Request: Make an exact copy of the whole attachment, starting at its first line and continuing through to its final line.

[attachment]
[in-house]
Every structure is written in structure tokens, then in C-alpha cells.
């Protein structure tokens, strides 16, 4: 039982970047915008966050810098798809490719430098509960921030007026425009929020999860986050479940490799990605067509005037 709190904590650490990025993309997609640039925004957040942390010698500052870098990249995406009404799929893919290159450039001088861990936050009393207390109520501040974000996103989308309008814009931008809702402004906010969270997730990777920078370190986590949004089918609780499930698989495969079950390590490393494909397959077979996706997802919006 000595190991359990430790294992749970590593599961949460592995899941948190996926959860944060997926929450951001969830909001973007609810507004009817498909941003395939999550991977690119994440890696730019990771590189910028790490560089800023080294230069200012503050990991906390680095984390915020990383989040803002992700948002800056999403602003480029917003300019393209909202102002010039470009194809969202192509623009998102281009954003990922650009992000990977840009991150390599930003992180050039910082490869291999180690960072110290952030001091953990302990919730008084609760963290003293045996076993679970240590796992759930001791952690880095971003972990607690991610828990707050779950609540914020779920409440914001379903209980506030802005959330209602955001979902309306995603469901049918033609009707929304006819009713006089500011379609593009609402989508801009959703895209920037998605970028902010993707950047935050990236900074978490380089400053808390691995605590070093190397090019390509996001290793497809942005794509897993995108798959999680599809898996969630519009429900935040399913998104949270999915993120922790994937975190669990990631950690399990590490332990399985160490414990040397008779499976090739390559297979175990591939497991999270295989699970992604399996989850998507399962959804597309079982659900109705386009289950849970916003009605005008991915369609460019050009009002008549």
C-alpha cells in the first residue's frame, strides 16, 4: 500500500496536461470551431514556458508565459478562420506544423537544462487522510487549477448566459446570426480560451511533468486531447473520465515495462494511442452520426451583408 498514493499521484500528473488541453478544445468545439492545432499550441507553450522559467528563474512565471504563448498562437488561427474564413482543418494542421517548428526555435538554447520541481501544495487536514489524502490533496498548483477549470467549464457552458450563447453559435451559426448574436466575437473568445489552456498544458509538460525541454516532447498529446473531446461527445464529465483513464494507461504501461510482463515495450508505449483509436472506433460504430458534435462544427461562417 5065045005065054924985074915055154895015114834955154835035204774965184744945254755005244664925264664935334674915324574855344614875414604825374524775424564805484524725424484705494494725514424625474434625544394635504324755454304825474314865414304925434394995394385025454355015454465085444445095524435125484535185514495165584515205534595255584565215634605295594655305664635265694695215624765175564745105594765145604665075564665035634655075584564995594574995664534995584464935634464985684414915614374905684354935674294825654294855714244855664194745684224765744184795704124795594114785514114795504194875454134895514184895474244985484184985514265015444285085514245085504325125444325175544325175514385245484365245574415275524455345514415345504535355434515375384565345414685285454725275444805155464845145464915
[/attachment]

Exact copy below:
[in-house]
Every structure is written in structure tokens, then in C-alpha cells.
């Protein structure tokens, strides 16, 4: 039982970047915008966050810098798809490719430098509960921030007026425009929020999860986050479940490799990605067509005037 709190904590650490990025993309997609640039925004957040942390010698500052870098990249995406009404799929893919290159450039001088861990936050009393207390109520501040974000996103989308309008814009931008809702402004906010969270997730990777920078370190986590949004089918609780499930698989495969079950390590490393494909397959077979996706997802919006 000595190991359990430790294992749970590593599961949460592995899941948190996926959860944060997926929450951001969830909001973007609810507004009817498909941003395939999550991977690119994440890696730019990771590189910028790490560089800023080294230069200012503050990991906390680095984390915020990383989040803002992700948002800056999403602003480029917003300019393209909202102002010039470009194809969202192509623009998102281009954003990922650009992000990977840009991150390599930003992180050039910082490869291999180690960072110290952030001091953990302990919730008084609760963290003293045996076993679970240590796992759930001791952690880095971003972990607690991610828990707050779950609540914020779920409440914001379903209980506030802005959330209602955001979902309306995603469901049918033609009707929304006819009713006089500011379609593009609402989508801009959703895209920037998605970028902010993707950047935050990236900074978490380089400053808390691995605590070093190397090019390509996001290793497809942005794509897993995108798959999680599809898996969630519009429900935040399913998104949270999915993120922790994937975190669990990631950690399990590490332990399985160490414990040397008779499976090739390559297979175990591939497991999270295989699970992604399996989850998507399962959804597309079982659900109705386009289950849970916003009605005008991915369609460019050009009002008549």
C-alpha cells in the first residue's frame, strides 16, 4: 500500500496536461470551431514556458508565459478562420506544423537544462487522510487549477448566459446570426480560451511533468486531447473520465515495462494511442452520426451583408 498514493499521484500528473488541453478544445468545439492545432499550441507553450522559467528563474512565471504563448498562437488561427474564413482543418494542421517548428526555435538554447520541481501544495487536514489524502490533496498548483477549470467549464457552458450563447453559435451559426448574436466575437473568445489552456498544458509538460525541454516532447498529446473531446461527445464529465483513464494507461504501461510482463515495450508505449483509436472506433460504430458534435462544427461562417 5065045005065054924985074915055154895015114834955154835035204774965184744945254755005244664925264664935334674915324574855344614875414604825374524775424564805484524725424484705494494725514424625474434625544394635504324755454304825474314865414304925434394995394385025454355015454465085444445095524435125484535185514495165584515205534595255584565215634605295594655305664635265694695215624765175564745105594765145604665075564665035634655075584564995594574995664534995584464935634464985684414915614374905684354935674294825654294855714244855664194745684224765744184795704124795594114785514114795504194875454134895514184895474244985484184985514265015444285085514245085504325125444325175544325175514385245484365245574415275524455345514415345504535355434515375384565345414685285454725275444805155464845145464915